Huntley's District 158's new solar panel system could generate up to $270,000 a year in savings

  • Huntley School District 158 installed solar panels at three of its campuses, in Huntley, Algonquin and Lake in the Hills, making up a system of 15,100 panels that will offset 12.3 million pounds of carbon emissions.

    Huntley School District 158 installed solar panels at three of its campuses, in Huntley, Algonquin and Lake in the Hills, making up a system of 15,100 panels that will offset 12.3 million pounds of carbon emissions. Courtesy David Ganske

 
 
Updated 11/11/2020 8:46 AM

Huntley School District 158 will save upward of $270,000 each year with its new solar panels, which span across three sites, making it the largest solar panel system at a school district in Illinois.

The switch to solar has been a long time coming with the first seeds being sown before Superintendent Scott Rowe came into his role and the project being approved in summer 2018, according to reporting by the Northwest Herald.

 

"It's probably our biggest operational efficiency and then it will have our biggest green impact, environmental impact, so we are very excited about it and what it means for us and what it means for the community," Rowe said.

In total, the three sites have 15,100 solar panels and are strategically placed at district campuses in Huntley, Algonquin and Lake in the Hills in order to provide clean, renewable energy to all of its schools, he said.

The District 158 solar panel system will offset 12.3 million pounds of carbon emissions, according to a news release from ForeFront Power, the company behind the project.

"If we can be good stewards of our community's tax dollars and we can find ways to increase our efficiency with green products, then it's a win-win situation," Rowe said.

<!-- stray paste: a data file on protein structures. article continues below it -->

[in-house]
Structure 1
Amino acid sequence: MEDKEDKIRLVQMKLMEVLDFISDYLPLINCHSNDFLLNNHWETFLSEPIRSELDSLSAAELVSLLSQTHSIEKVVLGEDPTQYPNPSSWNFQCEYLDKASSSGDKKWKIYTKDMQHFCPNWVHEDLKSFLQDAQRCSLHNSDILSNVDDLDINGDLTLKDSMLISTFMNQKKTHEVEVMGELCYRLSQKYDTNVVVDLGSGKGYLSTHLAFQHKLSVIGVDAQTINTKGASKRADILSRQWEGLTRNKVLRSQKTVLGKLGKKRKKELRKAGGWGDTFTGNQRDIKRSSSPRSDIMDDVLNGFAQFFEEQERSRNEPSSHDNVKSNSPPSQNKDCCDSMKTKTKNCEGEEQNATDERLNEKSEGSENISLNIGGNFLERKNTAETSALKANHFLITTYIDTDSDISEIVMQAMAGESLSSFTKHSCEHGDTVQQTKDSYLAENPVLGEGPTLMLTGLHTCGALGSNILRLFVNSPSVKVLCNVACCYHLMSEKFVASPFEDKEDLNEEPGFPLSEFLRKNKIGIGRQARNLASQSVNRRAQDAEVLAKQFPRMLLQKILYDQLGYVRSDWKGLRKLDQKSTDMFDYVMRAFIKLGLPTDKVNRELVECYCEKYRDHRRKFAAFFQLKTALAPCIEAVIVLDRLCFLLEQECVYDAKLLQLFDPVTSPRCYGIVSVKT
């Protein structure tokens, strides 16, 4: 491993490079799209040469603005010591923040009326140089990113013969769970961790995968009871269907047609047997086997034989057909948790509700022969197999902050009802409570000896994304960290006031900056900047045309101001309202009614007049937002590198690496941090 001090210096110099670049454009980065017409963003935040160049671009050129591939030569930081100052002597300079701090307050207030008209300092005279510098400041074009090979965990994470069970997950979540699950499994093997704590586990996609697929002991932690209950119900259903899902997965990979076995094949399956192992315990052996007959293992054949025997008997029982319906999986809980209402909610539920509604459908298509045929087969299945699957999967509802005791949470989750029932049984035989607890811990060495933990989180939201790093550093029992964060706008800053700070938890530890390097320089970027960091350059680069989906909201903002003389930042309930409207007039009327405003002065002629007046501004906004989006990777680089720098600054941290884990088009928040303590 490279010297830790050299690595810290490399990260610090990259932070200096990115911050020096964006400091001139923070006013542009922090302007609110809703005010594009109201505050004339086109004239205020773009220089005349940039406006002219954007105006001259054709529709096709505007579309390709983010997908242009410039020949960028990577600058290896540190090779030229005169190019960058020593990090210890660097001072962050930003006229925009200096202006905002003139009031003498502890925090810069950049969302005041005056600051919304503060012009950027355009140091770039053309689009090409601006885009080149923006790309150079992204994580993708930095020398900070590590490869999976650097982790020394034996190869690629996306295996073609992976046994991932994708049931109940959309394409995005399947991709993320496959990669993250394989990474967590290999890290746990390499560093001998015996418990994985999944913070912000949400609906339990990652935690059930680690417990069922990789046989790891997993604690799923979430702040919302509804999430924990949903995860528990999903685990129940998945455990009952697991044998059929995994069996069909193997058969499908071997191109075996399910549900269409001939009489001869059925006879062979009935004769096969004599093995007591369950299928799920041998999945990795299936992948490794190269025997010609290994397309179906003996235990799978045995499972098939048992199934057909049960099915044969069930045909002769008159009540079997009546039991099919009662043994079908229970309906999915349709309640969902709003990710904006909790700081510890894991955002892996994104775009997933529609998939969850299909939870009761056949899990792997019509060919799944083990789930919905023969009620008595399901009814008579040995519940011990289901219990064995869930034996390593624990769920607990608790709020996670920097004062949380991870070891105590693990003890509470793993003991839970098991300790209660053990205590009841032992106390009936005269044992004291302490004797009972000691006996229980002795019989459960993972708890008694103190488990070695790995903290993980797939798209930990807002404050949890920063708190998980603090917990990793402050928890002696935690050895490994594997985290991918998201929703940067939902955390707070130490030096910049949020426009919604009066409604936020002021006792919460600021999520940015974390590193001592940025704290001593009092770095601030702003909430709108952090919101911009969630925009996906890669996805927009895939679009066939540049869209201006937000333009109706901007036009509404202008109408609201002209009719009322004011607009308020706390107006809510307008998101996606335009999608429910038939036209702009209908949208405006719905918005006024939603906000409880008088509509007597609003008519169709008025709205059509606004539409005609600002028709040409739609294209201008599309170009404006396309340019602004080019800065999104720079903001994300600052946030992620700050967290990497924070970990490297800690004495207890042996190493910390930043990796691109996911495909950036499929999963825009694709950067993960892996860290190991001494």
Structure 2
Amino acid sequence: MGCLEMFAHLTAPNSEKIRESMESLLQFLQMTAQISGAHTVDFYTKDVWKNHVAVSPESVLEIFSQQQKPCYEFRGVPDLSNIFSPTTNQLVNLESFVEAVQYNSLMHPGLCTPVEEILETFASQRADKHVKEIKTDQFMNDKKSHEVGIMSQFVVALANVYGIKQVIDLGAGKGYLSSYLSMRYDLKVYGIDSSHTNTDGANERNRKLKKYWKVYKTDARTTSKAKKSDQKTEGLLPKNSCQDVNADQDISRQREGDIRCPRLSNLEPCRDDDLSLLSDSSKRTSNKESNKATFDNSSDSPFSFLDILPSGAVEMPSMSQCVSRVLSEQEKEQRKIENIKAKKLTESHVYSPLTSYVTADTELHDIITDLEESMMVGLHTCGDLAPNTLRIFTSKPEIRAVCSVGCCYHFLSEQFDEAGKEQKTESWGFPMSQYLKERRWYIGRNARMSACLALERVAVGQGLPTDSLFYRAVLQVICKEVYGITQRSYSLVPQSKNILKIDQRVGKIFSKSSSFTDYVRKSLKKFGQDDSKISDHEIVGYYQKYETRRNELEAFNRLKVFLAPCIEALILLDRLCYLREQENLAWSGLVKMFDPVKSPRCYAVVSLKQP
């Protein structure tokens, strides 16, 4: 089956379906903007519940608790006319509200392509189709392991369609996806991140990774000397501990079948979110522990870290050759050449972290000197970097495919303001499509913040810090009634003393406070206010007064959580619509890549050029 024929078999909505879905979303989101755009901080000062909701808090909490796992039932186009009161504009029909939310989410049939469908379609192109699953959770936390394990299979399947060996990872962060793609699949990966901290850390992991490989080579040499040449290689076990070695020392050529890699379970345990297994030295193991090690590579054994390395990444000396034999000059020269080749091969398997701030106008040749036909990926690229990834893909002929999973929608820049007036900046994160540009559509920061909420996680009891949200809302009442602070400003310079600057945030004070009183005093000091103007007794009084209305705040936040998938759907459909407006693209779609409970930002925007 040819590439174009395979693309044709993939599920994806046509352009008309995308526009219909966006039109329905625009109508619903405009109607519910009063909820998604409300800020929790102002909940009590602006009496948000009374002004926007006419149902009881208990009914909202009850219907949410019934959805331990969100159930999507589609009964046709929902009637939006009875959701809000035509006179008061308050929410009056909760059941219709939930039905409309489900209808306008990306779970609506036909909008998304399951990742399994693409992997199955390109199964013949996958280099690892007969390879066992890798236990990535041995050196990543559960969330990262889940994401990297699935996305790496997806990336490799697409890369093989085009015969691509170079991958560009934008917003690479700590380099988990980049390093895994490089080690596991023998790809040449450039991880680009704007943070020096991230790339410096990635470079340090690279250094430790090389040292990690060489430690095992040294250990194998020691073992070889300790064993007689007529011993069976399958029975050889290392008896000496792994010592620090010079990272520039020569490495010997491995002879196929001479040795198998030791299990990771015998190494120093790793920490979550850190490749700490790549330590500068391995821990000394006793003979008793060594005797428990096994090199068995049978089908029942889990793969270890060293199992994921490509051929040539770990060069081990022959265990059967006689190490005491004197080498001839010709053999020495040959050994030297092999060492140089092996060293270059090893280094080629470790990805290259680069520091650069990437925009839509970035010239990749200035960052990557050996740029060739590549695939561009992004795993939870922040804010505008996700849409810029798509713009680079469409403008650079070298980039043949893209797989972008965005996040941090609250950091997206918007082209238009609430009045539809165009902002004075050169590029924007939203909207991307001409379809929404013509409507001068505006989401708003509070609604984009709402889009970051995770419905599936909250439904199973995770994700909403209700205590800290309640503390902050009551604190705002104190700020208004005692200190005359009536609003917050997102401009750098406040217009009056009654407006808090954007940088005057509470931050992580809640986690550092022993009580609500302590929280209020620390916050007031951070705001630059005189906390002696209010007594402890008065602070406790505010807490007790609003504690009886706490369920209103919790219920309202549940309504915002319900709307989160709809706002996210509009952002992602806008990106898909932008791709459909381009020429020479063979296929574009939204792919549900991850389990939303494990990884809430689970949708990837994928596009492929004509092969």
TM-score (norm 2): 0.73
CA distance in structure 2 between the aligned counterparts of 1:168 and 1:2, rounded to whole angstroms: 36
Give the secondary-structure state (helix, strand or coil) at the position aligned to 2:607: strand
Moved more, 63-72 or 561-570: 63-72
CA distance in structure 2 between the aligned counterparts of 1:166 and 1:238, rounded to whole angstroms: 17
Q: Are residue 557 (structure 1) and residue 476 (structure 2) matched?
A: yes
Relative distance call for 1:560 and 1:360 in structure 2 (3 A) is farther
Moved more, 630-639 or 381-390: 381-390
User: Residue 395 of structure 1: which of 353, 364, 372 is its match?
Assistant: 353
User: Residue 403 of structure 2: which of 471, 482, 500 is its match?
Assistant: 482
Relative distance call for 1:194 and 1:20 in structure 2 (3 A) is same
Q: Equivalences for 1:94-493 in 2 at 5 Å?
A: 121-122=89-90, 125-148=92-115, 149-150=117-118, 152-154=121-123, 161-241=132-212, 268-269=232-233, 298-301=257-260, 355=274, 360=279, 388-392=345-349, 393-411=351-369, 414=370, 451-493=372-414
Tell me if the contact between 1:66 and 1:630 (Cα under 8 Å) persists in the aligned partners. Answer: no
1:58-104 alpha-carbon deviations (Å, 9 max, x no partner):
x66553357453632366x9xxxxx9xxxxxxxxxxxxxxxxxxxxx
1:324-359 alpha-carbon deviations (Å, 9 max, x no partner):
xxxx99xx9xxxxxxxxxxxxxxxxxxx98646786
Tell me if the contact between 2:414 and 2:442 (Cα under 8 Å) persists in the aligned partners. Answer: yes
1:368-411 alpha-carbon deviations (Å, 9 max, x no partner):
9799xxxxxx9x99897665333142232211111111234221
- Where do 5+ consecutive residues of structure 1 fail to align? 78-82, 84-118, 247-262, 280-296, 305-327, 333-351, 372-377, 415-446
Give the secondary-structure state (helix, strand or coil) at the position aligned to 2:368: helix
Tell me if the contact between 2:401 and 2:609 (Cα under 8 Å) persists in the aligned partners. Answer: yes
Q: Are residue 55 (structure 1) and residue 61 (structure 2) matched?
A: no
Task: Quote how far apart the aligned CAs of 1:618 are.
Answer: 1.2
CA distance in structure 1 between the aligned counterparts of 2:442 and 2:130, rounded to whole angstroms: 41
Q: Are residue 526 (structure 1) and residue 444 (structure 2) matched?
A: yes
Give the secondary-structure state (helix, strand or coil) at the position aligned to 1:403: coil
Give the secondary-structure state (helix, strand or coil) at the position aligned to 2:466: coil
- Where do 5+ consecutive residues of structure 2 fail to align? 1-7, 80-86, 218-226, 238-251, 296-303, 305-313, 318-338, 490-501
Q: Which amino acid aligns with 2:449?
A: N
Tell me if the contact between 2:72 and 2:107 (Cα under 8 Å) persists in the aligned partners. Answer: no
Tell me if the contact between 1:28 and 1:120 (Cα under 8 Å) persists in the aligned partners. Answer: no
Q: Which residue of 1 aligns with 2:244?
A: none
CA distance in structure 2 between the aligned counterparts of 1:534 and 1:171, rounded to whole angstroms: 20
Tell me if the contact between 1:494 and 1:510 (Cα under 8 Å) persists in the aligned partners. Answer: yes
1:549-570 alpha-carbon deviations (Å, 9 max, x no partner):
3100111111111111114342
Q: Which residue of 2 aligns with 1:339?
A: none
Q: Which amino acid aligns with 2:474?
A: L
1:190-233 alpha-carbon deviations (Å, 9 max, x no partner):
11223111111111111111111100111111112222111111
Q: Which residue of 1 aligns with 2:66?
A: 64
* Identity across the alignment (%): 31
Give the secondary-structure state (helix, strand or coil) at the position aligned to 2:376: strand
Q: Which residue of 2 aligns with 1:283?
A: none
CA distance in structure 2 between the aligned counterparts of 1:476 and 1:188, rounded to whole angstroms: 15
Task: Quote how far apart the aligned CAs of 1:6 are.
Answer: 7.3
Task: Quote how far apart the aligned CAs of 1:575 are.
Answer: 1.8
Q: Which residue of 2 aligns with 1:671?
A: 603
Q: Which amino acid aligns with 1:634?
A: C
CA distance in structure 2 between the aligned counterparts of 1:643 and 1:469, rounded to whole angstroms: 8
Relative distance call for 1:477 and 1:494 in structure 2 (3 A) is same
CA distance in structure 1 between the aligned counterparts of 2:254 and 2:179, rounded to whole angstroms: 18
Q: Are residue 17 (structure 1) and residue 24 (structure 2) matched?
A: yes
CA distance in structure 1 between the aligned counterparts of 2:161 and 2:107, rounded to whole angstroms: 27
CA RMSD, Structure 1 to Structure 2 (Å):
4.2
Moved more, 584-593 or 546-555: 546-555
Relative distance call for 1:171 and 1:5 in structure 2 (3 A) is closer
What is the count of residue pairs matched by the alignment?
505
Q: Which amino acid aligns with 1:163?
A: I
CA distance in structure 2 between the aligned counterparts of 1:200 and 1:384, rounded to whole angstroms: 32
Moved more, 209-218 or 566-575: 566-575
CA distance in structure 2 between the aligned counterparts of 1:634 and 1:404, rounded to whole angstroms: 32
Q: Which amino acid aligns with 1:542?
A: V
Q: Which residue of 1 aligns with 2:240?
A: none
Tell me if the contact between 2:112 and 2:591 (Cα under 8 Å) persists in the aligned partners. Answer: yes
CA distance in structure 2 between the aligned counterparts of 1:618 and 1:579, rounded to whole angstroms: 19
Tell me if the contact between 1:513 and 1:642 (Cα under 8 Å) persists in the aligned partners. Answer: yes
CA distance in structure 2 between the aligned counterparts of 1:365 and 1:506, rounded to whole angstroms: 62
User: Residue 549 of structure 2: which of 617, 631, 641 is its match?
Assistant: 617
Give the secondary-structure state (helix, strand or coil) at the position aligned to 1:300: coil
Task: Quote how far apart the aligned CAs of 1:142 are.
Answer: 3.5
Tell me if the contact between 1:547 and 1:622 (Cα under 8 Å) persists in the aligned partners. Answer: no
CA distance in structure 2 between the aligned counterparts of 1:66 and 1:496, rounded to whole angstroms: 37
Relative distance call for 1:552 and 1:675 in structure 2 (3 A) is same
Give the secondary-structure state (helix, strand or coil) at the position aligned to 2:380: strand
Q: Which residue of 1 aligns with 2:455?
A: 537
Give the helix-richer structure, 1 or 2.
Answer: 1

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The solar panel fields at most of the district's schools were finished toward the end of the summer and the final product unveiled two weeks ago. Solar energy now will account for about 80% of the district's energy consumption, he said.

Along with the finished product, ForeFront Power installed interactive kiosks in each of the district's school buildings where students can learn more about renewable energy resources, he said. The company also provided curriculum about solar energy for teachers of all grades to use in their lesson plans.

The kiosks also will provide live updates of how each building is consuming the energy being produced by the solar panels installed at its campus, Rowe said.

Eventually, Rowe said, he hopes to offer a career and technical education certification in renewable energy so interested Huntley High School students can graduate with experience in a growing industry.

                                                                                                                                                                                                                       
 

"Our students could get hands-on experience working on the panels themselves, maybe not our panels in our fields but a panel that has been decommissioned or something, to learn how it works and how to work on it and the safety management side of it and earn a certification because I'm sure that's going to be needed down the road," he said.

The idea for the solar panels first began when the district asked Director of Operations and Maintenance Doug Renkosik to find ways to save money and increase efficiency, Rowe said.

In 2018, the district entered into a power purchase agreement with ForeFront Power, a California-based solar and energy storage company, which will cover the costs of installing and maintaining the solar panels for a contract of 20 years, according to a news release from the company.

In turn, the district pays for the electricity generated by the solar panels at a lower rate than the district's previous utility rate, a cost which Rowe said currently is covered by a renewable energy grant from the state.

At the end of its contract, the district will have the option of buying the solar panels at whatever the present value of the panels is after the 20-year period, Rowe said.

District 158 will save at least $4.2 million during contract. After the first year with the new system, the district will have a more exact picture of how much it will save taxpayers each year, he said.

"It's a guaranteed savings over the life of the contract which is what's special about it," Rowe explained. "So even if we don't hit that mark, we still realize those savings with our partner."

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